I've also heard where sometimes you get caught up in that rat race as well. I know one individual who decided to retire, had a great passion for charity in the community, and all of a sudden found that she was working more hours - volunteer hours - than she had ever worked in an office environment because once they found out she was available and willing to help they were willing to take advantage of that time. So again, it's about understanding what you want to do, what is your passion, and then how much time do you actually want to devote to it? But of course, it's a win win on all sides. 

The other thing I would suggest is that during your working lives, you may have been making cash gifts or gifts in kind to charity in order to benefit from the tax receipt. Let's face it, we want to help the charity, but where there's a tax credit that we can take benefit for. That reduces our tax bill in the year of high income, that's a good thing too. So while we're working, I encourage our clients to get back to charity and manage their tax bill in a reasonable way. Once you retire, you may not have as much taxable income coming in, and you might change that to maybe gifting your time through volunteer work. 

Another tool that's very useful is called a Donor Advised Fund. It's a wonderful tool to, perhaps in a year of high taxable income, you've sold your business or a portion of your business, you can make a gift to charity into a donor advised fund and you will receive the gift receipt as a result of that for the fair market value, perhaps of the stocks or shares that you contributed. You'll benefit by reducing your income tax that year. Each year as you continue working, you can continue to add to the Donor Advised Fund. And each year the Donor Advised Fund has a minimum amount that they give to the charity of your choice. Depending on which program you sign up for, it might be that it's through the hospital or through the community foundation. We work with a foundation called Benefaction Foundation, where the gift is quite flexible. So we can make the gift in a year and each year you can sit down perhaps with your family at Thanksgiving and say, Who should we make our gifts to from our Donor Advised Fund, our mini foundation? Who should we make the gift to this year? 

It's fun to get the grandchildren involved. chances are they're going to pick the World Wildlife Fund or something that's close to them. And that's wonderful because it's teaching the grandchildren about giving back to community. They can see what the money is going towards and how it's helping. They can see the Donor Advised Fund growing and creating a legacy of time. So if you do that during your working years and you're benefiting each year from some additional money going into the foundation, and smaller gifts going out to the charities every December, when you retire you're not required to put any more money in. But you know that that legacy will continue on for your lifetime every year.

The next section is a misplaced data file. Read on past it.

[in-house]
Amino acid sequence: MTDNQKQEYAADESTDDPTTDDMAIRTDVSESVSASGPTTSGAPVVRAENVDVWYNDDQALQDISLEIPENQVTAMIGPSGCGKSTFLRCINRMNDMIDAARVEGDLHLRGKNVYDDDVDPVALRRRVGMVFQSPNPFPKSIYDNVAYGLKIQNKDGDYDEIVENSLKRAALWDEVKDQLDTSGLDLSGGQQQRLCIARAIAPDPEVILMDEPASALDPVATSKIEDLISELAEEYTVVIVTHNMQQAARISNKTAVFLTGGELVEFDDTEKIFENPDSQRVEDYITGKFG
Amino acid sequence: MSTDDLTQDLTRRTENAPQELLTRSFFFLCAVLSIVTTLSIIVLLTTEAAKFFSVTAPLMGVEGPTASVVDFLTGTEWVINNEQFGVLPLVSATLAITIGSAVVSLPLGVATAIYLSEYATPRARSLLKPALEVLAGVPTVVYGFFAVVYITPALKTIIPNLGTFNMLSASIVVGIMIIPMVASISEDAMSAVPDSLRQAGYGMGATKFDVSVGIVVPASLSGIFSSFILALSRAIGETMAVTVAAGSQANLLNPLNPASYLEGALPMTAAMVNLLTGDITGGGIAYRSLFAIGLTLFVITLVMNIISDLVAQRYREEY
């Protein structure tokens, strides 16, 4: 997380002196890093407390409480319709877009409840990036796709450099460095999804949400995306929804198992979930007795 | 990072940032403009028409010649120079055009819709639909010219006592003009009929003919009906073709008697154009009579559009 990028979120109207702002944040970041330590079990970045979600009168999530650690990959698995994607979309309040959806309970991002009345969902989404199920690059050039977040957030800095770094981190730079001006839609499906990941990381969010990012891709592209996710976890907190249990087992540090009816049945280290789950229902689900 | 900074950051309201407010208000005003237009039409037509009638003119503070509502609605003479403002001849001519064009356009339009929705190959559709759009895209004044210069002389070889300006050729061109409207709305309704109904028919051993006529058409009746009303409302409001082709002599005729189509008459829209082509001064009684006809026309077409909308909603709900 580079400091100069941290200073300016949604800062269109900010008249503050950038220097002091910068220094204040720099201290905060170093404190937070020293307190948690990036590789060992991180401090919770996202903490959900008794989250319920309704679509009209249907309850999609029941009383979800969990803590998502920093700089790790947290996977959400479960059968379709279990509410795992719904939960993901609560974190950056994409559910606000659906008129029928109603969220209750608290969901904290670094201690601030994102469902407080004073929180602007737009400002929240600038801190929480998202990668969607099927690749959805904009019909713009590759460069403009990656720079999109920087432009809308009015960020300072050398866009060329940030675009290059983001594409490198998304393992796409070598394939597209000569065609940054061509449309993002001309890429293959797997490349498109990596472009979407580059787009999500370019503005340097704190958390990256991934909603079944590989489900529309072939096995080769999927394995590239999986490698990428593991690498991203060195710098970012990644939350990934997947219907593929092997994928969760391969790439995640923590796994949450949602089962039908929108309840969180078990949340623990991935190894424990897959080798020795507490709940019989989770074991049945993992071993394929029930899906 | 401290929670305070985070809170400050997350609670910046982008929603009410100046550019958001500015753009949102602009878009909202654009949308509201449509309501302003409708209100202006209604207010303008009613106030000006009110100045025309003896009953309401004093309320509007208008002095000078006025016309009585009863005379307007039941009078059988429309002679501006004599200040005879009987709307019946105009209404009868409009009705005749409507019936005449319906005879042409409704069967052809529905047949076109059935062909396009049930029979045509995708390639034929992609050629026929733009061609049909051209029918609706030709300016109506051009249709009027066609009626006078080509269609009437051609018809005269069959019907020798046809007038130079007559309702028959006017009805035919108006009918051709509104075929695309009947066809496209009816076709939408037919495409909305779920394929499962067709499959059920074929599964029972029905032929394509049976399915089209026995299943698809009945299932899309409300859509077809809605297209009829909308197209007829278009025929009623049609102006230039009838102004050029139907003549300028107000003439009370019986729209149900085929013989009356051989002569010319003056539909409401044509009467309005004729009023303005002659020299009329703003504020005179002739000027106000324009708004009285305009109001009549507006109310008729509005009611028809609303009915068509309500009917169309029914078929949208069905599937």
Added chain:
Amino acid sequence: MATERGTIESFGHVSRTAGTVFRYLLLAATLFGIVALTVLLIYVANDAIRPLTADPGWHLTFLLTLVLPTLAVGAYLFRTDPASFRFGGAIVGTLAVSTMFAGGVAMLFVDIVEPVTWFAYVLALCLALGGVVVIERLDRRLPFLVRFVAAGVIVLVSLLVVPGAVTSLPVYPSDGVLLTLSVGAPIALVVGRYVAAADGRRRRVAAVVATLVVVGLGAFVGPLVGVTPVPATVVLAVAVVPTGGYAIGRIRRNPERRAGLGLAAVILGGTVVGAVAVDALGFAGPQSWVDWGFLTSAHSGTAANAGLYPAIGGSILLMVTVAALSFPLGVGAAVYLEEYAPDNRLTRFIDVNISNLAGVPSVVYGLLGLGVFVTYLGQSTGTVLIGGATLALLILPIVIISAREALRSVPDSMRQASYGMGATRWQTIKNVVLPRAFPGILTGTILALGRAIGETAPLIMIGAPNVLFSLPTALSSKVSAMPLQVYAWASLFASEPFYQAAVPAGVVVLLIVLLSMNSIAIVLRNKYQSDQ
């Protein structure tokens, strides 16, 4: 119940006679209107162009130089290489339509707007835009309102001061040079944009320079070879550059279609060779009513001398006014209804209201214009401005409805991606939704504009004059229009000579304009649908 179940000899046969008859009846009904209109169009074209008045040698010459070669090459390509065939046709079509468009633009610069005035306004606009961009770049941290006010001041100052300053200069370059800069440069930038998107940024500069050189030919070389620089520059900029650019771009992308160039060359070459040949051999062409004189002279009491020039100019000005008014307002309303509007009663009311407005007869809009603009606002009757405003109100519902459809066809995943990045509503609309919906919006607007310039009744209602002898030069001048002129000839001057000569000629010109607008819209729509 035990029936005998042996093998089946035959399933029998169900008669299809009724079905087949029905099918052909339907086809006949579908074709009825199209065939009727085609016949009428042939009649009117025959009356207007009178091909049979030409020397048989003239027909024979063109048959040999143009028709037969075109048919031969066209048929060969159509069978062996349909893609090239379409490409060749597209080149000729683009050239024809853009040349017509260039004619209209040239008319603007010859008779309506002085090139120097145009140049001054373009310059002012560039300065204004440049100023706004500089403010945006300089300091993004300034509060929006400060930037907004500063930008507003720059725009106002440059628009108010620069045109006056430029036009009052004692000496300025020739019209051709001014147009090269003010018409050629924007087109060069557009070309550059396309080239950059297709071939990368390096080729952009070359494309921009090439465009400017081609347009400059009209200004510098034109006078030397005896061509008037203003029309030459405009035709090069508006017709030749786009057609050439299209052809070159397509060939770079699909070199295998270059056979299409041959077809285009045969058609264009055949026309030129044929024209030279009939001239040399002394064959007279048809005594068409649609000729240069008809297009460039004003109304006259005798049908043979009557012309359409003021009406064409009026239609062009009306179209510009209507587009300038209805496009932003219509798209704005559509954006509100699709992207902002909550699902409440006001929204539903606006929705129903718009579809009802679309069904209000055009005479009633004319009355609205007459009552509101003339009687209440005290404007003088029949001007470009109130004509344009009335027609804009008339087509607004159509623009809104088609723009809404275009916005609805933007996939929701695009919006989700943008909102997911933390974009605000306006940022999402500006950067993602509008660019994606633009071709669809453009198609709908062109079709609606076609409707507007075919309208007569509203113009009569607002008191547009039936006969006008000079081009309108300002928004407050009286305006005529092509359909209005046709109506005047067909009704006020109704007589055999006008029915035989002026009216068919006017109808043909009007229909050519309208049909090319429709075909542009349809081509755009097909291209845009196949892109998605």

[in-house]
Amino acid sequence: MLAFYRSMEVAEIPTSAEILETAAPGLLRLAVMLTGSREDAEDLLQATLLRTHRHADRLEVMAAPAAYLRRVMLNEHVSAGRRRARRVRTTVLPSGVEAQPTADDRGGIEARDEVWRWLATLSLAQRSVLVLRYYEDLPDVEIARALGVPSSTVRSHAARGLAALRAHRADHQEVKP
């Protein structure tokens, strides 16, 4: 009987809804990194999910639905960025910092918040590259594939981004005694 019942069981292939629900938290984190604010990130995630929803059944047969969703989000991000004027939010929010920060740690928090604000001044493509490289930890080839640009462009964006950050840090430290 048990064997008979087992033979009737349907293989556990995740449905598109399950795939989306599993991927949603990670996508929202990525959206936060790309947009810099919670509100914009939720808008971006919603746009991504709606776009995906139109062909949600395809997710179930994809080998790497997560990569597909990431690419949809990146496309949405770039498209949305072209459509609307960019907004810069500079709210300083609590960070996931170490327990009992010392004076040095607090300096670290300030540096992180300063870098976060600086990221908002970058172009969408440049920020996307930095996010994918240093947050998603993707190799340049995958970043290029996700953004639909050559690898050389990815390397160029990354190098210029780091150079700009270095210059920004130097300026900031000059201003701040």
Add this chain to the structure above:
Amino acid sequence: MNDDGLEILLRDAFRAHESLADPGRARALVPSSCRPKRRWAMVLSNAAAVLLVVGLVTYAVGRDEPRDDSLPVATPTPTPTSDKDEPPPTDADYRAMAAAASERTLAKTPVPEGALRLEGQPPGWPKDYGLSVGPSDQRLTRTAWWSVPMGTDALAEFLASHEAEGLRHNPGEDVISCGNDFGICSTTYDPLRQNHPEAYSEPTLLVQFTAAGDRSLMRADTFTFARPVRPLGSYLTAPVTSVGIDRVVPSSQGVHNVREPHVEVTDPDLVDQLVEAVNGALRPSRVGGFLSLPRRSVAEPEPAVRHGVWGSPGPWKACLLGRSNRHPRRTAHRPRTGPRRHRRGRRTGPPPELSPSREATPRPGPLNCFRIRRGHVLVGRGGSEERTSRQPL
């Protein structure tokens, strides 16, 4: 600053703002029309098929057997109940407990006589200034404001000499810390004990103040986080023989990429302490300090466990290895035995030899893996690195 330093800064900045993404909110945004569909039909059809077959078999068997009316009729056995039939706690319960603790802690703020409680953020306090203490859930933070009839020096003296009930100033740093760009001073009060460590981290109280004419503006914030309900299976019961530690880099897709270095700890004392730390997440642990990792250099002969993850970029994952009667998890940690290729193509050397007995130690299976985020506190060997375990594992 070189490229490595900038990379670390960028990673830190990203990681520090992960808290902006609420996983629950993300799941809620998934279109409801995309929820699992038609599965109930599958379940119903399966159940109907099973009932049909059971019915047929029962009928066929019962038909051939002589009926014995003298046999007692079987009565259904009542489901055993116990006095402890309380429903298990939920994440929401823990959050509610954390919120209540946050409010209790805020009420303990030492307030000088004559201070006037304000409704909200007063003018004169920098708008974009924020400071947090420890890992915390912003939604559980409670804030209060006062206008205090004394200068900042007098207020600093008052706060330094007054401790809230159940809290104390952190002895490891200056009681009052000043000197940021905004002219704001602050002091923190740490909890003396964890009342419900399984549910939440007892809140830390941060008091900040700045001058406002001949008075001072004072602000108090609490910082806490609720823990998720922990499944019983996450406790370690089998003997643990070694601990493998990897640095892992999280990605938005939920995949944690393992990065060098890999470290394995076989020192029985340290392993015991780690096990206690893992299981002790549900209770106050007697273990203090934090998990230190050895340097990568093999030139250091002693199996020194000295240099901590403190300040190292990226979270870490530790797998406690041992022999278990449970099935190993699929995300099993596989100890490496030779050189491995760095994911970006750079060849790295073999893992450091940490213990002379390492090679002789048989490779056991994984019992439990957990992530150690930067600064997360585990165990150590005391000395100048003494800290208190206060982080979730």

Sarah Widmeyer: Any final thoughts or any sage words of advice that you'd like to share with us?


Maureen Glenn: I don't know about sage words, but I love to hear the stories of our clients as they near retirement. I think we can do a wonderful job of really dreaming a little bit about what retirement could mean. If the average Canadian retires at age 65 - and I would challenge some retire earlier - we could live for a good 35 years beyond that date. And the statistics would tell us that a good 25% of Canadians could live that long. So we better plan well for that 35 years. It's not an ending, it's just a beginning or maybe a change. And it could be flexible, it could change over time. So I really love to hear our clients when they start to dream about what that might look like. It might be buying an RV and traveling across the country. It might be, as you said, looking after grandchildren and spending more time with family. It's not all financial, it's actually a lifestyle choice, and we want to make sure that everyone enjoys that period. 


Sarah Widmeyer: Awesome. I'd like to thank my guest, Maureen Glenn for joining me once again, it's been wonderful to have you.


Maureen Glenn: Thank you.


Sarah Widmeyer: Working later can be an amazing time if your work is tied to a passion of yours or something you believe in strongly. Remember that retirement is a process, one that can require some extensive planning, which our team can certainly help with. 

If you'd like to learn more about developing a plan as you come closer to transitioning to retirement, or semi retirement, visit our website for articles and videos on the topic. And please remember to subscribe to Conversations on Wealth wherever you get your podcasts and follow us on LinkedIn for a broad range of information on wealth strategies. Please join us again for our next conversation.